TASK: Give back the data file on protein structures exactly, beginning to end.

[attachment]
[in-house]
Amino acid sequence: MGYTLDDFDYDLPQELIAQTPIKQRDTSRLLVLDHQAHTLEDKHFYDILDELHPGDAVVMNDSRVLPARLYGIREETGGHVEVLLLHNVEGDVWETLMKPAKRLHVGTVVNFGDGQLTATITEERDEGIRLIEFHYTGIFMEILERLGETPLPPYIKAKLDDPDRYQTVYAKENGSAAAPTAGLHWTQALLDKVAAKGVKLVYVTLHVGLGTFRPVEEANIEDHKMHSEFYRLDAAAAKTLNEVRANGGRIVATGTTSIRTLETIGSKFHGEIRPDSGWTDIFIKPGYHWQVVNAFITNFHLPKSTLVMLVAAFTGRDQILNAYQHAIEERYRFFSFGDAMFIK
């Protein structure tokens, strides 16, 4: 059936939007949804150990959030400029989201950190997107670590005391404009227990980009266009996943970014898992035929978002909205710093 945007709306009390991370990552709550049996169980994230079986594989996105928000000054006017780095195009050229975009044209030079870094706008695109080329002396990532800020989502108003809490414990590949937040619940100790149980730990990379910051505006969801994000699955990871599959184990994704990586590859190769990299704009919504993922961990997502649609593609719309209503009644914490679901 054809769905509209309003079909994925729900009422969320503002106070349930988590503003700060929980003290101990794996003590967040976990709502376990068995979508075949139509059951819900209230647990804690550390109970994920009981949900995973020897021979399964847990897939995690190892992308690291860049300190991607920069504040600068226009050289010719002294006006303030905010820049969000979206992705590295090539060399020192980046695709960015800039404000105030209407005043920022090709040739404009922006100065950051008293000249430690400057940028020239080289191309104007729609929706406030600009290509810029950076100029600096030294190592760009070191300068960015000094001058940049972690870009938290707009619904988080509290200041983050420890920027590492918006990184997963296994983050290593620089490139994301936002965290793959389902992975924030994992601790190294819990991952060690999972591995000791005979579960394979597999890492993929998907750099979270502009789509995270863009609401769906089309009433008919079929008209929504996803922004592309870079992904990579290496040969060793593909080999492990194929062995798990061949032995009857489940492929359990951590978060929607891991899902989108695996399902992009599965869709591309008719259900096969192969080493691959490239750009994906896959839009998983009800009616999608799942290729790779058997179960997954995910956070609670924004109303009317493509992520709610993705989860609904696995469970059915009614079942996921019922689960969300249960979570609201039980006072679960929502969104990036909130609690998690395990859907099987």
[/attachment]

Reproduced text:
[in-house]
Amino acid sequence: MGYTLDDFDYDLPQELIAQTPIKQRDTSRLLVLDHQAHTLEDKHFYDILDELHPGDAVVMNDSRVLPARLYGIREETGGHVEVLLLHNVEGDVWETLMKPAKRLHVGTVVNFGDGQLTATITEERDEGIRLIEFHYTGIFMEILERLGETPLPPYIKAKLDDPDRYQTVYAKENGSAAAPTAGLHWTQALLDKVAAKGVKLVYVTLHVGLGTFRPVEEANIEDHKMHSEFYRLDAAAAKTLNEVRANGGRIVATGTTSIRTLETIGSKFHGEIRPDSGWTDIFIKPGYHWQVVNAFITNFHLPKSTLVMLVAAFTGRDQILNAYQHAIEERYRFFSFGDAMFIK
């Protein structure tokens, strides 16, 4: 059936939007949804150990959030400029989201950190997107670590005391404009227990980009266009996943970014898992035929978002909205710093 945007709306009390991370990552709550049996169980994230079986594989996105928000000054006017780095195009050229975009044209030079870094706008695109080329002396990532800020989502108003809490414990590949937040619940100790149980730990990379910051505006969801994000699955990871599959184990994704990586590859190769990299704009919504993922961990997502649609593609719309209503009644914490679901 054809769905509209309003079909994925729900009422969320503002106070349930988590503003700060929980003290101990794996003590967040976990709502376990068995979508075949139509059951819900209230647990804690550390109970994920009981949900995973020897021979399964847990897939995690190892992308690291860049300190991607920069504040600068226009050289010719002294006006303030905010820049969000979206992705590295090539060399020192980046695709960015800039404000105030209407005043920022090709040739404009922006100065950051008293000249430690400057940028020239080289191309104007729609929706406030600009290509810029950076100029600096030294190592760009070191300068960015000094001058940049972690870009938290707009619904988080509290200041983050420890920027590492918006990184997963296994983050290593620089490139994301936002965290793959389902992975924030994992601790190294819990991952060690999972591995000791005979579960394979597999890492993929998907750099979270502009789509995270863009609401769906089309009433008919079929008209929504996803922004592309870079992904990579290496040969060793593909080999492990194929062995798990061949032995009857489940492929359990951590978060929607891991899902989108695996399902992009599965869709591309008719259900096969192969080493691959490239750009994906896959839009998983009800009616999608799942290729790779058997179960997954995910956070609670924004109303009317493509992520709610993705989860609904696995469970059915009614079942996921019922689960969300249960979570609201039980006072679960929502969104990036909130609690998690395990859907099987």